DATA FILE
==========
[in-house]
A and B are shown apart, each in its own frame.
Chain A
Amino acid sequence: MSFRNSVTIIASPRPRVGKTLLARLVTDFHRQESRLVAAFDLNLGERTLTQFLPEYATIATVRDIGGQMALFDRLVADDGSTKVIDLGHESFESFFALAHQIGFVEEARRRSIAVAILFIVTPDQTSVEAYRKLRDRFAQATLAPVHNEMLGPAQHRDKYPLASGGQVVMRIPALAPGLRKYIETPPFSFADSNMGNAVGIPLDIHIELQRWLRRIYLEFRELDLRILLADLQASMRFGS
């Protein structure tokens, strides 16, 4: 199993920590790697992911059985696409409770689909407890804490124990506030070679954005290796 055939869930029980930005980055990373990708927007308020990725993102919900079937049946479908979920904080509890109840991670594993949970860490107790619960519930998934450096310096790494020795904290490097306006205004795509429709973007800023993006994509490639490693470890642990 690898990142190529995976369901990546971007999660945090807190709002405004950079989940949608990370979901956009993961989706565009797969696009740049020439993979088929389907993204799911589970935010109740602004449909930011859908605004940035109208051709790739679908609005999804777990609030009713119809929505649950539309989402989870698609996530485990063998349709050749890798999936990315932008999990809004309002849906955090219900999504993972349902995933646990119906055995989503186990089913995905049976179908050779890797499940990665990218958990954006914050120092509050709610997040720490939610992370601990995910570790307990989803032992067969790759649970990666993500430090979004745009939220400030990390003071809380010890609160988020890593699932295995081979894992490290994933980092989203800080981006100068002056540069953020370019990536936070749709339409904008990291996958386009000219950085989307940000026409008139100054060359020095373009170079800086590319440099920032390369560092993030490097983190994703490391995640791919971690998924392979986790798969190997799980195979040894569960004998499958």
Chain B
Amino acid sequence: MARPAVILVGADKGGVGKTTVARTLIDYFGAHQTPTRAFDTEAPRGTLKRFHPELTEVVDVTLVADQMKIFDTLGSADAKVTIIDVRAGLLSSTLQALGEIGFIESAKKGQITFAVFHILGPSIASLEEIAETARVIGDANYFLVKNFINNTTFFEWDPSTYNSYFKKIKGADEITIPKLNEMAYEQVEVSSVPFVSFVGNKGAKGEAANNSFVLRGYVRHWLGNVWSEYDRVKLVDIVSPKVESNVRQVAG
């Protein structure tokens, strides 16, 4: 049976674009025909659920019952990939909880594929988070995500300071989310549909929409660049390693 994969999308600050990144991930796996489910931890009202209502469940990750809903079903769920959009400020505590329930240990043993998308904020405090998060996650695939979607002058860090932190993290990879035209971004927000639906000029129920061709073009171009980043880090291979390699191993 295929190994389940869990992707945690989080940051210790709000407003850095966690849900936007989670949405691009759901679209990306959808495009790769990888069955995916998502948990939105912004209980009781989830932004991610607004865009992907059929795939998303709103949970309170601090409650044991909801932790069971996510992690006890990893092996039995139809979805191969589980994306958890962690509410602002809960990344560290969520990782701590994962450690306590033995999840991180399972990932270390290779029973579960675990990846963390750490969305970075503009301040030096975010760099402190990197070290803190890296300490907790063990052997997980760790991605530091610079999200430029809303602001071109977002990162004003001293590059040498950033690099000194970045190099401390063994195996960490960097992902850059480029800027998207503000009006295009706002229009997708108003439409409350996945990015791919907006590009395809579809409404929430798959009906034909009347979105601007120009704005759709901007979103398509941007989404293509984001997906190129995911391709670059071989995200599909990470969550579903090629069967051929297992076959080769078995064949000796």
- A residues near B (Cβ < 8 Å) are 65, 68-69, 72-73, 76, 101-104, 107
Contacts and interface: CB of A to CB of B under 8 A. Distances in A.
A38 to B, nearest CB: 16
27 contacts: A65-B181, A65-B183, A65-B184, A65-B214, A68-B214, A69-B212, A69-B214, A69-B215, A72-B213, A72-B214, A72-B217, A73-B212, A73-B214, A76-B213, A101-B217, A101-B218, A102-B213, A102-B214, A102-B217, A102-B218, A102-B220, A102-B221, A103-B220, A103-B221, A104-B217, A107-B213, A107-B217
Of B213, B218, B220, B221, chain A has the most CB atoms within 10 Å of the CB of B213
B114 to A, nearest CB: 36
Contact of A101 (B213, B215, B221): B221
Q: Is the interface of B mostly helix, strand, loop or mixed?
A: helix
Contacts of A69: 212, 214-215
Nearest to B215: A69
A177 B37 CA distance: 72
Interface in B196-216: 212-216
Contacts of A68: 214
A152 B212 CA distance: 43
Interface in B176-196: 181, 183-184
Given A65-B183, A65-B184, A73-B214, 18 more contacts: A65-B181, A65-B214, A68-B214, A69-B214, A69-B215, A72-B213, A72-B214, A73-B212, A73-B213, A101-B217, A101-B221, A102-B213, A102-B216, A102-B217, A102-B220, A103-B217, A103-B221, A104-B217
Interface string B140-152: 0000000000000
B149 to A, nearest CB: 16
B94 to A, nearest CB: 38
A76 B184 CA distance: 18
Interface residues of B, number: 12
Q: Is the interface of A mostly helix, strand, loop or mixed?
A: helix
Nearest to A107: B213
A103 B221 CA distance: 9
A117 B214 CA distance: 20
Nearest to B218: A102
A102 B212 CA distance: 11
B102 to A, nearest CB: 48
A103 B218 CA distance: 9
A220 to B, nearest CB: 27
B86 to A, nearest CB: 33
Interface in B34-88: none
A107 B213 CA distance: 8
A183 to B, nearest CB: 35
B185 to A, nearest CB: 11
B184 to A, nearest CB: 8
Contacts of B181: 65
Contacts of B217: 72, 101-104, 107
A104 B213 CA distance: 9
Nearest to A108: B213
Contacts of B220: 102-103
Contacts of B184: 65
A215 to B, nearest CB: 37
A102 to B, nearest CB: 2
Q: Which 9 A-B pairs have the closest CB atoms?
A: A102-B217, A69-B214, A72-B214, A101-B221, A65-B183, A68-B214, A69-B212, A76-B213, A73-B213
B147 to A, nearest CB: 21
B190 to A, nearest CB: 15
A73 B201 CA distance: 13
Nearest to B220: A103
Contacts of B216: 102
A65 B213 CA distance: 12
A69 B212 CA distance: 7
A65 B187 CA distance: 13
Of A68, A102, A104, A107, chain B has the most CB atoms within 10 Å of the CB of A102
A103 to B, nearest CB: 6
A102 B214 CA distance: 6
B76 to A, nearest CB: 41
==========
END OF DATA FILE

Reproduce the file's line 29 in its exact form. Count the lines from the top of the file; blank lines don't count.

A76 B184 CA distance: 18